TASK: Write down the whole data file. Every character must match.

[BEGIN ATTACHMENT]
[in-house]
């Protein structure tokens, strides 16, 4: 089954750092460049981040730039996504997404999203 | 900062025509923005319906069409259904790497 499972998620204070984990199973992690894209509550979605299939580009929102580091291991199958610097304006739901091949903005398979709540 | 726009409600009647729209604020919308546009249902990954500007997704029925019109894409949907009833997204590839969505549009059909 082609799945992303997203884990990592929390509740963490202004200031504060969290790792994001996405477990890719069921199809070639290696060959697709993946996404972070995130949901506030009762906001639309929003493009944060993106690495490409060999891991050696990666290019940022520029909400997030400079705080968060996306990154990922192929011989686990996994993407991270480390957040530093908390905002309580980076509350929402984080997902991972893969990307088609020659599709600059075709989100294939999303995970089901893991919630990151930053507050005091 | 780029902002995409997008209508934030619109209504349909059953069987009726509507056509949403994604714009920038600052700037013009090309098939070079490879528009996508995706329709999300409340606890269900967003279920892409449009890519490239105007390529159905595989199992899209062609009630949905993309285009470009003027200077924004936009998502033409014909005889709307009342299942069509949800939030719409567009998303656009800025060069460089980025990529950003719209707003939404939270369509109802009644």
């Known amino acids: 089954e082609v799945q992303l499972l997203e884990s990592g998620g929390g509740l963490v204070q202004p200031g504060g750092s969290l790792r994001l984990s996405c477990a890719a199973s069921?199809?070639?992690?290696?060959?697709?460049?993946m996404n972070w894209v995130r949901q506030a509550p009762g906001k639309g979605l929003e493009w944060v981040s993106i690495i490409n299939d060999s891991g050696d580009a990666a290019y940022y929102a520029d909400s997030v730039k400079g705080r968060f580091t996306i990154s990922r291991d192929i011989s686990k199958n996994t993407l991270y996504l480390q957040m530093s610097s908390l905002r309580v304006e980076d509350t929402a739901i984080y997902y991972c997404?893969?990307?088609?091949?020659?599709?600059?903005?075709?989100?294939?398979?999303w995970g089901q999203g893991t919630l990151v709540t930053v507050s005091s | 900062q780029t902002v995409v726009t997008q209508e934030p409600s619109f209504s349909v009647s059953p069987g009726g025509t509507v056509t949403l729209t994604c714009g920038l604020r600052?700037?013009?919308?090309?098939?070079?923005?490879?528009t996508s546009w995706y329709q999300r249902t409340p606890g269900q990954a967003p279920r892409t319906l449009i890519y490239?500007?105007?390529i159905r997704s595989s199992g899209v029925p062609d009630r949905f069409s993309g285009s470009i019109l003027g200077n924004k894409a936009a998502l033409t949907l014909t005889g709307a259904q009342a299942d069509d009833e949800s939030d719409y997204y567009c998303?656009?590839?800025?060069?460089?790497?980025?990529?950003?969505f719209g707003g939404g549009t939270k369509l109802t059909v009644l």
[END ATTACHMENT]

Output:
[in-house]
């Protein structure tokens, strides 16, 4: 089954750092460049981040730039996504997404999203 | 900062025509923005319906069409259904790497 499972998620204070984990199973992690894209509550979605299939580009929102580091291991199958610097304006739901091949903005398979709540 | 726009409600009647729209604020919308546009249902990954500007997704029925019109894409949907009833997204590839969505549009059909 082609799945992303997203884990990592929390509740963490202004200031504060969290790792994001996405477990890719069921199809070639290696060959697709993946996404972070995130949901506030009762906001639309929003493009944060993106690495490409060999891991050696990666290019940022520029909400997030400079705080968060996306990154990922192929011989686990996994993407991270480390957040530093908390905002309580980076509350929402984080997902991972893969990307088609020659599709600059075709989100294939999303995970089901893991919630990151930053507050005091 | 780029902002995409997008209508934030619109209504349909059953069987009726509507056509949403994604714009920038600052700037013009090309098939070079490879528009996508995706329709999300409340606890269900967003279920892409449009890519490239105007390529159905595989199992899209062609009630949905993309285009470009003027200077924004936009998502033409014909005889709307009342299942069509949800939030719409567009998303656009800025060069460089980025990529950003719209707003939404939270369509109802009644």
């Known amino acids: 089954e082609v799945q992303l499972l997203e884990s990592g998620g929390g509740l963490v204070q202004p200031g504060g750092s969290l790792r994001l984990s996405c477990a890719a199973s069921?199809?070639?992690?290696?060959?697709?460049?993946m996404n972070w894209v995130r949901q506030a509550p009762g906001k639309g979605l929003e493009w944060v981040s993106i690495i490409n299939d060999s891991g050696d580009a990666a290019y940022y929102a520029d909400s997030v730039k400079g705080r968060f580091t996306i990154s990922r291991d192929i011989s686990k199958n996994t993407l991270y996504l480390q957040m530093s610097s908390l905002r309580v304006e980076d509350t929402a739901i984080y997902y991972c997404?893969?990307?088609?091949?020659?599709?600059?903005?075709?989100?294939?398979?999303w995970g089901q999203g893991t919630l990151v709540t930053v507050s005091s | 900062q780029t902002v995409v726009t997008q209508e934030p409600s619109f209504s349909v009647s059953p069987g009726g025509t509507v056509t949403l729209t994604c714009g920038l604020r600052?700037?013009?919308?090309?098939?070079?923005?490879?528009t996508s546009w995706y329709q999300r249902t409340p606890g269900q990954a967003p279920r892409t319906l449009i890519y490239?500007?105007?390529i159905r997704s595989s199992g899209v029925p062609d009630r949905f069409s993309g285009s470009i019109l003027g200077n924004k894409a936009a998502l033409t949907l014909t005889g709307a259904q009342a299942d069509d009833e949800s939030d719409y997204y567009c998303?656009?590839?800025?060069?460089?790497?980025?990529?950003?969505f719209g707003g939404g549009t939270k369509l109802t059909v009644l």